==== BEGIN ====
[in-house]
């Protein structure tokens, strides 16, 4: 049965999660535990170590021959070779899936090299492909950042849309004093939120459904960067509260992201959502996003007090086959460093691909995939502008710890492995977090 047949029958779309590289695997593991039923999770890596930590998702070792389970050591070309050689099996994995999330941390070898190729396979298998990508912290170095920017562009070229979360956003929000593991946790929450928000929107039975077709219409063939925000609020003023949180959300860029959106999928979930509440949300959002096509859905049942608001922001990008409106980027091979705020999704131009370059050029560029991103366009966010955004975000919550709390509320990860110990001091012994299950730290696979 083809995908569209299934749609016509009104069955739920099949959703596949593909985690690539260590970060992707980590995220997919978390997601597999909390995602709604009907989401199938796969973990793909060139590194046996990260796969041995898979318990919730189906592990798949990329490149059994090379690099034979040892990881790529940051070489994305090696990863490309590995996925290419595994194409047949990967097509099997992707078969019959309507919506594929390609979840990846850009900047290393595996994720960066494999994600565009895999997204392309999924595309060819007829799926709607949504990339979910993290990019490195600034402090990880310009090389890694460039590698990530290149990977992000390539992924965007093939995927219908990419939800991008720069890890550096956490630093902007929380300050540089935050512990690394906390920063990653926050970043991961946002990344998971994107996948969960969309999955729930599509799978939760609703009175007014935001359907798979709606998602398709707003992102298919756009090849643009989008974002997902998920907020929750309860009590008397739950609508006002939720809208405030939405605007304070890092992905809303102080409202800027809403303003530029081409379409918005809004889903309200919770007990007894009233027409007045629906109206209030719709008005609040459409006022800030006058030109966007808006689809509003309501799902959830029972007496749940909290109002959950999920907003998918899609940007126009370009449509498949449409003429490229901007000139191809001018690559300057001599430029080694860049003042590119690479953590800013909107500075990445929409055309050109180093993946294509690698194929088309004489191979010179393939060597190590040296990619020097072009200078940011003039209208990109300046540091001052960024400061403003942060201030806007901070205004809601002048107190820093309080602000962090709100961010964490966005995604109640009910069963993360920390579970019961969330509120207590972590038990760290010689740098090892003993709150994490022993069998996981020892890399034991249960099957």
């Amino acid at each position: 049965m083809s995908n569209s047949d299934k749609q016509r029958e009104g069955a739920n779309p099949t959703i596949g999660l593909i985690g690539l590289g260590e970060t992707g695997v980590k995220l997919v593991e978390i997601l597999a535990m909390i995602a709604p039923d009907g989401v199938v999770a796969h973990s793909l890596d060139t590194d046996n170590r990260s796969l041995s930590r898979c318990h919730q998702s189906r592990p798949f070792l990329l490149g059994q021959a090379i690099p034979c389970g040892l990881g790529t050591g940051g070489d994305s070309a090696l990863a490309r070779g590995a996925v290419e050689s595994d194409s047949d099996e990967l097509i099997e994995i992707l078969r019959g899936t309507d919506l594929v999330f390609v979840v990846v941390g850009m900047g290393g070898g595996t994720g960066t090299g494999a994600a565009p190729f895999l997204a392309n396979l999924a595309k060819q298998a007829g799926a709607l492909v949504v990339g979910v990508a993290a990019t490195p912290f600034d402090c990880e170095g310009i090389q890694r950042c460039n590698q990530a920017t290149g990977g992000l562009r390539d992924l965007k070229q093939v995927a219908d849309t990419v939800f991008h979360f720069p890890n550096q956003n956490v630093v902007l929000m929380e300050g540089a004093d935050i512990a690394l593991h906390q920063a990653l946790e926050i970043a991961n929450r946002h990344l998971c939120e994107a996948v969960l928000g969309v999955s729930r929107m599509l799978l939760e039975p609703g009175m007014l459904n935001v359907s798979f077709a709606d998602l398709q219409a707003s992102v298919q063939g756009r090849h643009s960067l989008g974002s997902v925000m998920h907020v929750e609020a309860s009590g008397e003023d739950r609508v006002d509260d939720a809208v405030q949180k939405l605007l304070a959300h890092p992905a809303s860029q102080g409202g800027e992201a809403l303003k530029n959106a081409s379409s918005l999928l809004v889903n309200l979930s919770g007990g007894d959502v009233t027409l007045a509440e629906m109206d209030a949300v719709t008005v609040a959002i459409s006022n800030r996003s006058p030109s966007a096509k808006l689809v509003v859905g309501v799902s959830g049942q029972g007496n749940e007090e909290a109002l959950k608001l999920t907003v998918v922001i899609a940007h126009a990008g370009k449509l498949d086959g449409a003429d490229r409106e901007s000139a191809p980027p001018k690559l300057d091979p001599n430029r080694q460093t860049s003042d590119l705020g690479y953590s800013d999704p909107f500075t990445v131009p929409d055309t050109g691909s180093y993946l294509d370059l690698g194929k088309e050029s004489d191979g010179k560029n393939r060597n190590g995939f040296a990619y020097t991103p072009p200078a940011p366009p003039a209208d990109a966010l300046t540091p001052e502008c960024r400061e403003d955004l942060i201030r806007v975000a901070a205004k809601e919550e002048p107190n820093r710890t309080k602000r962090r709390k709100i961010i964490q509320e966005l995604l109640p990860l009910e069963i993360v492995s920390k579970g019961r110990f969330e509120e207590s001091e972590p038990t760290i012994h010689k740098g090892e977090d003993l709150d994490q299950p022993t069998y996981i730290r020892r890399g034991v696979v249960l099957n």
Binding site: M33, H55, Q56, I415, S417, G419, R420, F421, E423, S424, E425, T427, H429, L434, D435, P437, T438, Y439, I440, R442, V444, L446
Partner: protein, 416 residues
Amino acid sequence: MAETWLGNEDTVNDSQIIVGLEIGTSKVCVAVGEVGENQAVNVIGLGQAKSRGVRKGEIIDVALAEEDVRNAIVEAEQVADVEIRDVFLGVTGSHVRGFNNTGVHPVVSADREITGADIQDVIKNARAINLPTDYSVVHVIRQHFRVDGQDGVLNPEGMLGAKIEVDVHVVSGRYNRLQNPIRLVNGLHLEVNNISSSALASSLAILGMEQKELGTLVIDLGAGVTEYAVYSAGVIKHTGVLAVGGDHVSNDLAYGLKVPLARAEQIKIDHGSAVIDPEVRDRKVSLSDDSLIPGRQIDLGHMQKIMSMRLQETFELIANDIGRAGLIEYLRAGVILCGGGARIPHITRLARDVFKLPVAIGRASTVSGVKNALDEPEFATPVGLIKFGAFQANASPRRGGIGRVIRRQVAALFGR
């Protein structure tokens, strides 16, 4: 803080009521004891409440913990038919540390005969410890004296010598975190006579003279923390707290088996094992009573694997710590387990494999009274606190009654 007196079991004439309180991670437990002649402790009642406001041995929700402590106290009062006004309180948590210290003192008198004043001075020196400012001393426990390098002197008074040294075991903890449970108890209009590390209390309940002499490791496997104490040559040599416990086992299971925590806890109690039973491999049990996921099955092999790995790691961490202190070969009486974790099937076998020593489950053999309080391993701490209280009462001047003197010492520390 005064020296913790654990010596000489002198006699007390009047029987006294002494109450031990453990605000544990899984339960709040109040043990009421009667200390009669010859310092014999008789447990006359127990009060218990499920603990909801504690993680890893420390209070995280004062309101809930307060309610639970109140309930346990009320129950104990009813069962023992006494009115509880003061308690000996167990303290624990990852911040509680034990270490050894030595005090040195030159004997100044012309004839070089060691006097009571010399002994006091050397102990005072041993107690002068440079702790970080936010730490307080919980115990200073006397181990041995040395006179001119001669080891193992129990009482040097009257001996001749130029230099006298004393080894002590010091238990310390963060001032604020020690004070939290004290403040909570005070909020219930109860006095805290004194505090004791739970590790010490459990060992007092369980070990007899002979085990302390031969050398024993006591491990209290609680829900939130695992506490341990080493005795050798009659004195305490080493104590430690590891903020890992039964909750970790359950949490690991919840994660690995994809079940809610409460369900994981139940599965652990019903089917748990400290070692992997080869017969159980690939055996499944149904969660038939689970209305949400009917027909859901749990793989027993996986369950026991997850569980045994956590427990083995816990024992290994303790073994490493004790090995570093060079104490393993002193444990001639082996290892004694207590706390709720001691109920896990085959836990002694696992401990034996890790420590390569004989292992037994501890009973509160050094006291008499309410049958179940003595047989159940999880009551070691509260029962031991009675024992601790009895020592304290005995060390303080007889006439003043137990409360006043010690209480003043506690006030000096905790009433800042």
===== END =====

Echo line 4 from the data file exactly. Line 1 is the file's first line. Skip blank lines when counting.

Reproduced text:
Binding site: M33, H55, Q56, I415, S417, G419, R420, F421, E423, S424, E425, T427, H429, L434, D435, P437, T438, Y439, I440, R442, V444, L446